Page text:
A student of mine built a MySpace site for me, and my niece tricked it out in 2008. Once she showed me how to work it I started spending quite a bit of time on it. The internet is a godsend to self published authors. The power of it is incalculable. Whenever I see a new librarian in my friends list I contact them and ask if they want some book cover posters for their teen room. One day a librarian from an all women’s college in the Midwest wrote and asked for copies of the first two books. I asked her why and she said they would be featured in their upcoming fantasy fiction month at the college. She wrote to me afterwards and said my books dominated, even over those whose authors attended the event. Don’t neglect the internet; it will do wonders for you.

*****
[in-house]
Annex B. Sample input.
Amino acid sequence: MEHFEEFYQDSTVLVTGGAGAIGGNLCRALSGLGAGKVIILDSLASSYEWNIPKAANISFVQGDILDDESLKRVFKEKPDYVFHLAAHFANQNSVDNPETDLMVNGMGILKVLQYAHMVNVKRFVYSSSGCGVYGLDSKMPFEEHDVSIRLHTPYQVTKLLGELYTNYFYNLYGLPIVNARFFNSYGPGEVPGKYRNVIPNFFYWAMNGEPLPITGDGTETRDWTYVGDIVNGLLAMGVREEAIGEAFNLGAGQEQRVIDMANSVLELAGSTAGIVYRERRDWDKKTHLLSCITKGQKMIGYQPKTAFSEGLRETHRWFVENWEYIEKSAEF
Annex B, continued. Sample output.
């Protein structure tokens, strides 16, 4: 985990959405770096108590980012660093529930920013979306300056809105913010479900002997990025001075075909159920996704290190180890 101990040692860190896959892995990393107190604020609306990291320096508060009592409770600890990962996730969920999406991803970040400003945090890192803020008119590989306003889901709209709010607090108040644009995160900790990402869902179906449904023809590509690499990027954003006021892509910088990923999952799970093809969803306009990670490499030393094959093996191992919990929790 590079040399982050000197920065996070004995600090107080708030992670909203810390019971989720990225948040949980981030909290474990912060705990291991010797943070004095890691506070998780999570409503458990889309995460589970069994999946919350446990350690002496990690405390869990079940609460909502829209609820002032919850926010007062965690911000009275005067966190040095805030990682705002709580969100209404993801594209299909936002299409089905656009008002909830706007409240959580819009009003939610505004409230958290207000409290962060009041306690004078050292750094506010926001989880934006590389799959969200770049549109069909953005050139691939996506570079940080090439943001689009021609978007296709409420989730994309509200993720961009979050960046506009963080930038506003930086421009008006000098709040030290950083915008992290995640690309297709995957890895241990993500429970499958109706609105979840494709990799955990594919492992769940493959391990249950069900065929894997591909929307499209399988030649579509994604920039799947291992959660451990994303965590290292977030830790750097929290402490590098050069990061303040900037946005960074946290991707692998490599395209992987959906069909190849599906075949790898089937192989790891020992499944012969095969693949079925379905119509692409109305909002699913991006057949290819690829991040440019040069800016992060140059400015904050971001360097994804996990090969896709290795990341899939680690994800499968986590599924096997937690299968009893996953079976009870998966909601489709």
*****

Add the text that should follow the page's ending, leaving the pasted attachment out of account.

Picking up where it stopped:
I just finished contacting libraries all over the world. Not by telephone this time, instead I used a website called LibDex, which lists most of the libraries in every country. Yes, it takes time, but you just never know what the outcome might be. I might start a fire in Wales that will work its way back to the United States.

I got involved in a “Blog Tour” which could be very effective with the right amount of research. Basically, you and your books get featured on different Blogs on the internet for a day or two during a month long tour. Works really well if it’s a Blog that is frequented regularly, not so well if it doesn’t get many hits. The concept is very strong, though.

My masterpiece promotion has yet to prove itself. It’s an awesome idea – Conor and his girlfriend have to find the Five Keys of the Creators in the third book – so I thought it would be cool to hide five actual key boxes around the country and then have students look for them: